(c) incidentally embedding and retaining at least some particles of the water soluble abrasive in the surfaces of the sliders; and
(d) applying deionized water to the surfaces of the sliders such that the embedded particles are completely dissolved and removed from the surfaces by the deionized water.
14. A method according to claim 13, wherein the water soluble abrasive comprises calcium carbonate.
15. A method according to claim 13, wherein step (b) comprises lapping with an ionic salt selected from the group consisting of sodium bicarbonate, calcium sulfate, and calcium carbonate.
16. A method according to claim 13, wherein the water soluble abrasive has a hardness that is equal to or greater than a hardness of the soft metallic material by up to 20%.
17. A method according to claim 13, wherein the water soluble abrasive is provided in a resin binder comprising an organic material having a hardness that is significantly lower than a hardness of the soft metallic material.
18. A method according to claim 13, wherein the water soluble abrasive is provided in an abrasive tape comprising TRIZAC, and glycol is used as a lubricant between the surface and the tape to lap the sliders during step (b).
19. A method of lapping workpieces, comprising:
(a) providing a workpiece having a surface formed from a soft metallic material;
(b) lapping the surface of the workpiece with a soluble abrasive in an abrasive tape and a lubricant comprising glycol to achieve a desired surface finish, the abrasive tape comprising TRIZAC;
(c) embedding and retaining at least some particles of the soluble abrasive in the surface of the workpiece; and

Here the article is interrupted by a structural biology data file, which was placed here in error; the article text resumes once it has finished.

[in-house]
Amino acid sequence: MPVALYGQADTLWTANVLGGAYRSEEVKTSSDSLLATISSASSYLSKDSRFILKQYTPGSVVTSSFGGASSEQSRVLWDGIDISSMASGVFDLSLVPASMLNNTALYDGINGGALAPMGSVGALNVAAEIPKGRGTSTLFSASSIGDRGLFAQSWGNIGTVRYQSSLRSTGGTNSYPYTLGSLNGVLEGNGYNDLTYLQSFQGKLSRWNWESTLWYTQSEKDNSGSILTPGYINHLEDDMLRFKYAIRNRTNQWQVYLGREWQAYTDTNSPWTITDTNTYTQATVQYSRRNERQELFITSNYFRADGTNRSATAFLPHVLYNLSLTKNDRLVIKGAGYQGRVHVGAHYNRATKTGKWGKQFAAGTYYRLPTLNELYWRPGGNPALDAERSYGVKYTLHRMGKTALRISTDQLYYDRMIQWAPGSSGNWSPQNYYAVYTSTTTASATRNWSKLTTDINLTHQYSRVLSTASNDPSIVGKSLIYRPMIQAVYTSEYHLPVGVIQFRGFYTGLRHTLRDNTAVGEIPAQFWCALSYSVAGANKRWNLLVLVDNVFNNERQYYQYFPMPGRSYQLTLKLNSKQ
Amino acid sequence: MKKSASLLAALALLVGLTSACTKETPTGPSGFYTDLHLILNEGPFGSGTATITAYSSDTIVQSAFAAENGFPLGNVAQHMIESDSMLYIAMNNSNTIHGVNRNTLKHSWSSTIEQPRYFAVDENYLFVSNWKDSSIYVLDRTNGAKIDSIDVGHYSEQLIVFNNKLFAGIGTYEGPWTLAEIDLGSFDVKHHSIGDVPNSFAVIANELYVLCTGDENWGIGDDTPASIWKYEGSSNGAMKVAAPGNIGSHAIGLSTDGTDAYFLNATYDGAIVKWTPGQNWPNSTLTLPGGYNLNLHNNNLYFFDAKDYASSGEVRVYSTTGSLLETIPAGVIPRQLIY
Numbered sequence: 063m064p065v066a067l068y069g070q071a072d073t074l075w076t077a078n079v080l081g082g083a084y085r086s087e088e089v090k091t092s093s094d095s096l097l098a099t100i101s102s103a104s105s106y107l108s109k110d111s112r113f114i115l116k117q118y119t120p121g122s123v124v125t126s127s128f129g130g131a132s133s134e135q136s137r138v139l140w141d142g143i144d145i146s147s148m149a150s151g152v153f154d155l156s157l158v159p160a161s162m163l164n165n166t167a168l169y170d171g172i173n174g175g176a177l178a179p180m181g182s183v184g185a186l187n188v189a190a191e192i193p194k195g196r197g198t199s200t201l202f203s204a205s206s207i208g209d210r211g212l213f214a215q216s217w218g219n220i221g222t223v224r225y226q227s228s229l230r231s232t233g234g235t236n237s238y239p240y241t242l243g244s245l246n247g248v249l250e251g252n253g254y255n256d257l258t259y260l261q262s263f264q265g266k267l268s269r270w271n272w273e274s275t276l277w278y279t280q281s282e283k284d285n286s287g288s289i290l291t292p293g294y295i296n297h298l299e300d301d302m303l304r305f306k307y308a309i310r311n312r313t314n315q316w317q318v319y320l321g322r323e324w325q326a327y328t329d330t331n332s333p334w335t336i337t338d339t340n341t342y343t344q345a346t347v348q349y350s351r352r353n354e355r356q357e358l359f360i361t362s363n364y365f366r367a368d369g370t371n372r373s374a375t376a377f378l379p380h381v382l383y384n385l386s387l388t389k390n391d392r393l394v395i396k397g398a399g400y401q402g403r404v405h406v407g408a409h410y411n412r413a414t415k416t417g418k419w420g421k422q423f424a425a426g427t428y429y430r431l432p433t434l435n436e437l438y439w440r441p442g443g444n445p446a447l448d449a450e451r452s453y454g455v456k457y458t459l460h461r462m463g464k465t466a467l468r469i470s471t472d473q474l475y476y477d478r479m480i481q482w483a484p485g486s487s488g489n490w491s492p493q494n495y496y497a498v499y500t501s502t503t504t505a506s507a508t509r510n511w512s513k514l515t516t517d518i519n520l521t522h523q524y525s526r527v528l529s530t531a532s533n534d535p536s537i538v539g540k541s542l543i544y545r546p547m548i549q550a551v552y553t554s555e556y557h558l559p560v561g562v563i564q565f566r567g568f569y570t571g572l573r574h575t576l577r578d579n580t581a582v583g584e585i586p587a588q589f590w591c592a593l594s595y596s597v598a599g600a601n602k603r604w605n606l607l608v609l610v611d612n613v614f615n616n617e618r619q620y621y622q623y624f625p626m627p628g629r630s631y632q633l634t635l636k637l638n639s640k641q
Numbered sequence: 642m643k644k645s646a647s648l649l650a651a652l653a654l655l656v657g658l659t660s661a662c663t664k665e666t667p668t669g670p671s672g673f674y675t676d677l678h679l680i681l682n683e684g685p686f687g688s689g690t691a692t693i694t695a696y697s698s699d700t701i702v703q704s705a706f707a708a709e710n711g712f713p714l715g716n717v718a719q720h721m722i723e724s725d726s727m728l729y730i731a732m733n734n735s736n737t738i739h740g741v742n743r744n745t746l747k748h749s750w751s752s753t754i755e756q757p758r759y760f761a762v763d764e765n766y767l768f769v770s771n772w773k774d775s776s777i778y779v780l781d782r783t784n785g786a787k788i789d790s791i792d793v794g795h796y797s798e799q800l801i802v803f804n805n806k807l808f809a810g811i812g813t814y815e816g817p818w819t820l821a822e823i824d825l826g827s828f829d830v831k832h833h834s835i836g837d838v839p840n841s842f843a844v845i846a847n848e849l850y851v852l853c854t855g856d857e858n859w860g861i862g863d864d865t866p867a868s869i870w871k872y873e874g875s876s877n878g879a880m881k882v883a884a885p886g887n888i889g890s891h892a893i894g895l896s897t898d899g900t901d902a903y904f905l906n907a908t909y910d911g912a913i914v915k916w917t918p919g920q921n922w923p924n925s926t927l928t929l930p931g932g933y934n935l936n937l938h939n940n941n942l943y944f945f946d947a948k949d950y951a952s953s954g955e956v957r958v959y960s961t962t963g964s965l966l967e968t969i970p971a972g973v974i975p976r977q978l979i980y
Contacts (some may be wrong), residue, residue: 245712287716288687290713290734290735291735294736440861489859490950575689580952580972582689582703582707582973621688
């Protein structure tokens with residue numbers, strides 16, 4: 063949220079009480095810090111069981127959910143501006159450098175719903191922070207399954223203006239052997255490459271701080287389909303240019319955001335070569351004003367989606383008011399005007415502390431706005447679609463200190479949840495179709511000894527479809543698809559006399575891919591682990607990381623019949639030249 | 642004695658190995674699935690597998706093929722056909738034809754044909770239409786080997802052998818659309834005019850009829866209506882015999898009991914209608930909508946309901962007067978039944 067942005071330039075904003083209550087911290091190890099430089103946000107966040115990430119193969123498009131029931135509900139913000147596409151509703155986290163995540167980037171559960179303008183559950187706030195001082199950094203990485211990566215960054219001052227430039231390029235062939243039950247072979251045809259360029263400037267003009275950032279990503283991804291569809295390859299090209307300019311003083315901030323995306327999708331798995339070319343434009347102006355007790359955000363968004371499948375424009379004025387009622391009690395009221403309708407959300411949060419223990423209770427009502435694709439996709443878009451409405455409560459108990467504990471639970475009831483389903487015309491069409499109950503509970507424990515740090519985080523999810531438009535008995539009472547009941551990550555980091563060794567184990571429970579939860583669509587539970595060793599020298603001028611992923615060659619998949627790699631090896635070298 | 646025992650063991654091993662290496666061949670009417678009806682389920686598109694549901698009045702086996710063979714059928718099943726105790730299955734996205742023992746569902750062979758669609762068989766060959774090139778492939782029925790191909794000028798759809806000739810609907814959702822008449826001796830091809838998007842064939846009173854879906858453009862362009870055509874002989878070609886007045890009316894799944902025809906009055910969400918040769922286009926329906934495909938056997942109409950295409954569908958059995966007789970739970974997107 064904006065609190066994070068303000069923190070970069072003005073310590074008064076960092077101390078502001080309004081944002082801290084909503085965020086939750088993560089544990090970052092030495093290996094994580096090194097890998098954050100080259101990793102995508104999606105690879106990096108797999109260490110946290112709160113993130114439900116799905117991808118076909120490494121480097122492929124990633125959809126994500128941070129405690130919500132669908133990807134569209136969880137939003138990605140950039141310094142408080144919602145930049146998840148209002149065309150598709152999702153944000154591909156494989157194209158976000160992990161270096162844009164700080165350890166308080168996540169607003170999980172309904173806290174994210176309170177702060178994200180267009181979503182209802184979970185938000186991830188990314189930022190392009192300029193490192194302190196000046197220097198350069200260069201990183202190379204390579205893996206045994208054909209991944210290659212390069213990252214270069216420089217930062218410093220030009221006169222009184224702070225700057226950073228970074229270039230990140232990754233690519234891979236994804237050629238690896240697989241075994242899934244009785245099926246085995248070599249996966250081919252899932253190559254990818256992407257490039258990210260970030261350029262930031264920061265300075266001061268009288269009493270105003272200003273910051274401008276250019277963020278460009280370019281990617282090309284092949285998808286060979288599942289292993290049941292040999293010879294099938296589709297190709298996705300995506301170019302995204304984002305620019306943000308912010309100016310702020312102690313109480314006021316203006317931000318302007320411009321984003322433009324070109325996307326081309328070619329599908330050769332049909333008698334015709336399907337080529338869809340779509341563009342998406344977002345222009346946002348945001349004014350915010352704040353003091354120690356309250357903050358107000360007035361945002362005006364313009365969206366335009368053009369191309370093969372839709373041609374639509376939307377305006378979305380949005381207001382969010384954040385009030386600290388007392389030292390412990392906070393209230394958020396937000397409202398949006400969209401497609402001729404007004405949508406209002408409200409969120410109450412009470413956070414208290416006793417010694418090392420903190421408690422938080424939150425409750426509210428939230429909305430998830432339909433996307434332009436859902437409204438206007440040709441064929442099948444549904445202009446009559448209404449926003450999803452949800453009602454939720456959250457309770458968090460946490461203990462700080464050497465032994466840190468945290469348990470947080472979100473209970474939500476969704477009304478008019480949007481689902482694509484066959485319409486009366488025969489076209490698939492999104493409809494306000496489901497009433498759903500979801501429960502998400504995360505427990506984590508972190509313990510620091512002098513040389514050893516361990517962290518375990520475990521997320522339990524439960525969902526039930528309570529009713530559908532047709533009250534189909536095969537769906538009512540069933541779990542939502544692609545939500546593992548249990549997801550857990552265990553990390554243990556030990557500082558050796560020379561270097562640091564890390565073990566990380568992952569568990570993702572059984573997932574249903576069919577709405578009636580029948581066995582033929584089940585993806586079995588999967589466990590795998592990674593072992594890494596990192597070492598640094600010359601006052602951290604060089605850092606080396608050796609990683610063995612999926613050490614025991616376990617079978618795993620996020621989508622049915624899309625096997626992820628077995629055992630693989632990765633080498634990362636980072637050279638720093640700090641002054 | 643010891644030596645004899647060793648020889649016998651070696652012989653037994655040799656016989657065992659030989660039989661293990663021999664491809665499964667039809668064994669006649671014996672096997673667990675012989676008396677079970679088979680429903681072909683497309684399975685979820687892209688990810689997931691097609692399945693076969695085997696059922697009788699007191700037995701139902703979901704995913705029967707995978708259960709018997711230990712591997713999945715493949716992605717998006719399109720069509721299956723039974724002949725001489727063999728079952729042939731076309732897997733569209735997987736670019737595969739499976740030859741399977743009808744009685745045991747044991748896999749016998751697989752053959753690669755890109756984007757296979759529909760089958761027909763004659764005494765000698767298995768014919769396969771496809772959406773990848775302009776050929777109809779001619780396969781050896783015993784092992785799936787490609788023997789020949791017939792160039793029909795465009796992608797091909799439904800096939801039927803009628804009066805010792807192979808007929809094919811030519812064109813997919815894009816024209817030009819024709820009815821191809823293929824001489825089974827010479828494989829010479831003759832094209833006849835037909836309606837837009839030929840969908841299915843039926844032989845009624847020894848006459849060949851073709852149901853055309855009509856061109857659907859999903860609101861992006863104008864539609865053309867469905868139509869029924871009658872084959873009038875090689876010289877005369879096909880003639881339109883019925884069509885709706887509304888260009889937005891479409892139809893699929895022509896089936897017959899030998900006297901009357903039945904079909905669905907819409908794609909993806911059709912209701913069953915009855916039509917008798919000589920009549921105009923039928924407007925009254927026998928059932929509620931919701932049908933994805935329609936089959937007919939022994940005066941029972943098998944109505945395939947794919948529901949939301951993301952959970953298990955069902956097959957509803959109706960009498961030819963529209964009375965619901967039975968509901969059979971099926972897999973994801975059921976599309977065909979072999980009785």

(d) applying a solvent to the surface of the workpiece such that the embedded particles are dissolved from the surface.
20. A method according to claim 19, wherein step (b) comprises lapping with water soluble abrasive, and step (d) comprises dissolving the embedded particles with water.
21. A method according to claim 19, wherein step (b) comprises lapping with an ionic salt.
22. A method according to claim 19, wherein step (b) comprises lapping with a material selected from the group consisting of sodium bicarbonate, calcium sulfate, and calcium carbonate.
23. A method according to claim 19, wherein the soluble abrasive has a hardness that is equal to or greater than a hardness of the soft metallic material.
24. A method according to claim 19, wherein the hardness of the soluble abrasive is up to 20% greater than the hardness of the soft metallic material.
25. A method according to claim 19, wherein the soluble abrasive is provided in a resin binder comprising an organic material having a hardness that is significantly lower than a hardness of the soft metallic material.
26. A method according to claim 19, wherein step (d) comprises profusely washing the surface with deionized water to dissolve and completely eliminate the embedded particles.
27. A method according to claim 1, wherein the embedded particles do not dissolve during steps (b) or (c).
28. A method of lapping sliders for hard disk drives, comprising:
(a) providing sliders having surfaces formed from a soft metallic material;
(b) lapping the surfaces of the sliders with a water soluble abrasive in an abrasive tape comprising TRIZAC and a lubricant comprising glycol to achieve a desired surface finish;
(c) incidentally embedding and retaining at least some particles of the water soluble abrasive in the surfaces of the sliders; and
(d) applying deionized water to the surfaces of the sliders such that the embedded particles are completely dissolved and removed from the surfaces by the deionized water.